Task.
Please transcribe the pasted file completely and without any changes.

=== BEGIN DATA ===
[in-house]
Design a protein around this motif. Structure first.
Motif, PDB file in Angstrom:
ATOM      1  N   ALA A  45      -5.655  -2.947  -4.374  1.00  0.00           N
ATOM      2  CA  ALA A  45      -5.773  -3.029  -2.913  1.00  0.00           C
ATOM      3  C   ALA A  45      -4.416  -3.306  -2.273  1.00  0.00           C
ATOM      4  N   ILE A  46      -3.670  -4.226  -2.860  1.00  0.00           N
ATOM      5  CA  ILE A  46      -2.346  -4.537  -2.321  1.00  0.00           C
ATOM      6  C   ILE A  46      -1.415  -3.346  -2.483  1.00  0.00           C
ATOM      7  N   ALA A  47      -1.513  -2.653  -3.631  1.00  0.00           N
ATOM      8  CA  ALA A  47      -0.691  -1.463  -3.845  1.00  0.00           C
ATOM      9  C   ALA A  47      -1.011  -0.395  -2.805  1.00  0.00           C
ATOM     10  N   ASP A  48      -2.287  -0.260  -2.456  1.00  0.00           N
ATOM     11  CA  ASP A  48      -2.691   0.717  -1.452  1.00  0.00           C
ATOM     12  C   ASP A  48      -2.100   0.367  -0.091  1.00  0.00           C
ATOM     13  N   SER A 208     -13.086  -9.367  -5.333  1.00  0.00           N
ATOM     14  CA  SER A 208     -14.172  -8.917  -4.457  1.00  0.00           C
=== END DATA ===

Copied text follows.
[in-house]
Design a protein around this motif. Structure first.
Motif, PDB file in Angstrom:
ATOM      1  N   ALA A  45      -5.655  -2.947  -4.374  1.00  0.00           N
ATOM      2  CA  ALA A  45      -5.773  -3.029  -2.913  1.00  0.00           C
ATOM      3  C   ALA A  45      -4.416  -3.306  -2.273  1.00  0.00           C
ATOM      4  N   ILE A  46      -3.670  -4.226  -2.860  1.00  0.00           N
ATOM      5  CA  ILE A  46      -2.346  -4.537  -2.321  1.00  0.00           C
ATOM      6  C   ILE A  46      -1.415  -3.346  -2.483  1.00  0.00           C
ATOM      7  N   ALA A  47      -1.513  -2.653  -3.631  1.00  0.00           N
ATOM      8  CA  ALA A  47      -0.691  -1.463  -3.845  1.00  0.00           C
ATOM      9  C   ALA A  47      -1.011  -0.395  -2.805  1.00  0.00           C
ATOM     10  N   ASP A  48      -2.287  -0.260  -2.456  1.00  0.00           N
ATOM     11  CA  ASP A  48      -2.691   0.717  -1.452  1.00  0.00           C
ATOM     12  C   ASP A  48      -2.100   0.367  -0.091  1.00  0.00           C
ATOM     13  N   SER A 208     -13.086  -9.367  -5.333  1.00  0.00           N
ATOM     14  CA  SER A 208     -14.172  -8.917  -4.457  1.00  0.00           C